In the beginning of the Sixties a new genre arose in Europe, the Spaghetti-Western, a collaboration between a Italian director, a Spanish cinematographer, a falling and/or rising American film-star, with an Italian supporting cast, the whole thing shot in Spain. Although a response as well as a tribute to the classic John Wayne American western, the low budget, minimalist and overly-violent cinematography gave these films a B-movies status.
It wasn’t until Sergio Leone teamed up with composer Ennio Morricone and rising actor Clint Eastwood, that this branding began to change, though not right away. Being the final chapter in the ‘dollar trilogy’ “The Good, the Bad and the Ugly” or “Il buono, il brutto, il cattivo” as it was originally titled was the first Spaghetti-Western to have a considerably big budget. This, however, didn’t change its reception. The reviews weren’t bad, but critics concentrated on the flaws more carefully, as some of them would admit years later. Since its release, the movie slowly found appreciation, garnering the praise it deserved.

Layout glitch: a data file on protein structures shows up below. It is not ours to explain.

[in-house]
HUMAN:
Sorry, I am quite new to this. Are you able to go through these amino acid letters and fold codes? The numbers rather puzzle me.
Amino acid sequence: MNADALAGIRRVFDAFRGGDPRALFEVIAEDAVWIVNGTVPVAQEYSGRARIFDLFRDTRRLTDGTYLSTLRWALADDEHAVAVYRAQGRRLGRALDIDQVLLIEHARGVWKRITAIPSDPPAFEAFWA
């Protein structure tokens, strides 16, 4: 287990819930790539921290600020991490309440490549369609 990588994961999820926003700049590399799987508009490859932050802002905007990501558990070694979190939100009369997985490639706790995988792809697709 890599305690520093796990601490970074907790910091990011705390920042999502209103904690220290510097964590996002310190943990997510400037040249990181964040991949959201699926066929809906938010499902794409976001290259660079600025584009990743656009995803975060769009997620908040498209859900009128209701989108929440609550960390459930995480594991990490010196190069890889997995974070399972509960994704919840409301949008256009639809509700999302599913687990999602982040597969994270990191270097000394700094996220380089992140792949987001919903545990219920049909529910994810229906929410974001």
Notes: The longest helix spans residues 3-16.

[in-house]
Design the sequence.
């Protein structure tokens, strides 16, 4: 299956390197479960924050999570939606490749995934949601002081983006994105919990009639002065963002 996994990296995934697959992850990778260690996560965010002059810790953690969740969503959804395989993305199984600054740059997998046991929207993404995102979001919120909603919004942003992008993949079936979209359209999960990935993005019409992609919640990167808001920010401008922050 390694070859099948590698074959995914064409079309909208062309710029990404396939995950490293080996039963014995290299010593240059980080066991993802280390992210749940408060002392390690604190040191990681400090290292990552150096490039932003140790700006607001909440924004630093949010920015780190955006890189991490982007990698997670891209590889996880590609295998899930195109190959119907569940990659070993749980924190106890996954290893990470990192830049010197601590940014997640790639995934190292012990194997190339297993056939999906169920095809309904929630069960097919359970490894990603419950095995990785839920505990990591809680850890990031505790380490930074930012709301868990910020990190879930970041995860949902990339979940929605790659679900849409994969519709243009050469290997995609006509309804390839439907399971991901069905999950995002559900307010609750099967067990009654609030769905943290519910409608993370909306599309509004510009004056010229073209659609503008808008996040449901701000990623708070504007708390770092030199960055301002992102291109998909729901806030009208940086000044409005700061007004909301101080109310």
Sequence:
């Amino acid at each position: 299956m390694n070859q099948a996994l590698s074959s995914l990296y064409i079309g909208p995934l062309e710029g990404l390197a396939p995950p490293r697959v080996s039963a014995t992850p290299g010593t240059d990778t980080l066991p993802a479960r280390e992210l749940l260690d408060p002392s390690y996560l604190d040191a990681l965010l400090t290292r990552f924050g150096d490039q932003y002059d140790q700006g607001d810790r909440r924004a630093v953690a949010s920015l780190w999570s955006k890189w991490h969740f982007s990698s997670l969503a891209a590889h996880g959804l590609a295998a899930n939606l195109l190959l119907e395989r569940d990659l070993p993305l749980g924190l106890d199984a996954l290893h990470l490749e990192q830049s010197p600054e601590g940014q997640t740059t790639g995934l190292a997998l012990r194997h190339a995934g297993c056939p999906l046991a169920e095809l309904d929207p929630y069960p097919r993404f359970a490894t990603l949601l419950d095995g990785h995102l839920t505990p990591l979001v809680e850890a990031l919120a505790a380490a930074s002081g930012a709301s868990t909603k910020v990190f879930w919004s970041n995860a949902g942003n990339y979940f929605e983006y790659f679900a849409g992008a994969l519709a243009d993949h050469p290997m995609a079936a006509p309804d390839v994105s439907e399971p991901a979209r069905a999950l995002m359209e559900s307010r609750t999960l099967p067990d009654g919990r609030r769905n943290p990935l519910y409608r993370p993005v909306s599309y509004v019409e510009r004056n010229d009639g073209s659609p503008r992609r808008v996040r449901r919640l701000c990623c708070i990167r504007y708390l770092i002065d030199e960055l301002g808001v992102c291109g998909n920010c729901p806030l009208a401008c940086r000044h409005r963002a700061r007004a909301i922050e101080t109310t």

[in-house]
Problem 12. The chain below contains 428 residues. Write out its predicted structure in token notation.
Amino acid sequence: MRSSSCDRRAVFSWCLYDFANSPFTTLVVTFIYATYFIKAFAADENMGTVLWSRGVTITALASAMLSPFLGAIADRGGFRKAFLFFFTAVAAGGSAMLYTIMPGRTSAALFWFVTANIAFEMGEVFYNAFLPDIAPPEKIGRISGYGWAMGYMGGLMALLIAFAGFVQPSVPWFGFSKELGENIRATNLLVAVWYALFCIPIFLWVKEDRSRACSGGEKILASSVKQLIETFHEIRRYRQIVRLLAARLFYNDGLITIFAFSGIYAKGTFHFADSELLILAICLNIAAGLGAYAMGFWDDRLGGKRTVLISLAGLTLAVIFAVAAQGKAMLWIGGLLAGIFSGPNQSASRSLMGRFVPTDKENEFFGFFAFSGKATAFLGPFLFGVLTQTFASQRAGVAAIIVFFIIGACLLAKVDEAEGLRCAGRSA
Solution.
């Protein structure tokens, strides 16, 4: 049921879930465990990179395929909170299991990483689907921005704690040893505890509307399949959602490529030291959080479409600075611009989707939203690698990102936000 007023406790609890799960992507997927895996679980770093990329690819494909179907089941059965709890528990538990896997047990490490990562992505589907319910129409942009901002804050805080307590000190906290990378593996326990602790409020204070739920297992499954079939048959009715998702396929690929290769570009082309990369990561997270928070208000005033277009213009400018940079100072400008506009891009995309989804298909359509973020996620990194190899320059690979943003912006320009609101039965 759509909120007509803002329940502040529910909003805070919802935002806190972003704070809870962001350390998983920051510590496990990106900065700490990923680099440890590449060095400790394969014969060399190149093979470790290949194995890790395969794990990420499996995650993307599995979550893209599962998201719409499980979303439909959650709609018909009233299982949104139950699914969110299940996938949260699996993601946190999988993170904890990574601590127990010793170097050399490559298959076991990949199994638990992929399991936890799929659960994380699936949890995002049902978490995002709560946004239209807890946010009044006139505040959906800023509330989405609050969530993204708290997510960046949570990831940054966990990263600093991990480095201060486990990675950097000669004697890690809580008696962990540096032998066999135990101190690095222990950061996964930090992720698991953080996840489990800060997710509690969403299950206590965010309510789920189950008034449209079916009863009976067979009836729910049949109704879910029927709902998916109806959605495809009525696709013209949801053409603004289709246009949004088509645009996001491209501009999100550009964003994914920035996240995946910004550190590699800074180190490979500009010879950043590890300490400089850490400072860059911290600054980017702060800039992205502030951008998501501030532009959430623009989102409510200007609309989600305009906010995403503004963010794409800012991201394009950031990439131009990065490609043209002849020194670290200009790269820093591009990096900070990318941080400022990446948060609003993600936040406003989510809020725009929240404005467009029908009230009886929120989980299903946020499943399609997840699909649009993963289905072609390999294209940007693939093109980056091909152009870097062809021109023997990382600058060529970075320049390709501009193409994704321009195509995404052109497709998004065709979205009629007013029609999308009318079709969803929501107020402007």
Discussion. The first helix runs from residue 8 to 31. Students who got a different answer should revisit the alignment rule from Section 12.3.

For this film, Leone reunites with Clint Eastwood, who played in the previous two movies of the ‘dollars’ trilogy; this final chapter being a worthy ending to their fruitful collaboration. For Lee van Cleef it wasn’t his frist Leone film either, but the villain he is interpreting is in high contrast to the romantic hero he played previously. For Eli Wallach it was the first and last collaboration with the director, though his character will remain one of the most memorable from Leone’s films.
Perhaps too lengthy for the young modern audience, the movie seems to have come up with the perfect entertainment formula for the western/action genre: a fast-handed, tough yet good-hearted hero, ’the Good’; a selfish, cruel, yet highly intelligent villain who has no regard for human life, ‘the Bad’; and the comic-relief figure, a wannabe villain, not the most pleasant character, yet his opportunistic/ optimistic way of looking at life makes him a favorite with the audience, ‘The Ugly’. These three characters are combined with numerous action sequences through the desert, including the blowing up of a bridge, a few comic moments, some dramatic ones and all ending with a spectacular three-way stand-off. All of these elements create a gripping and highly entertaining film, which keeps the audience asking for more.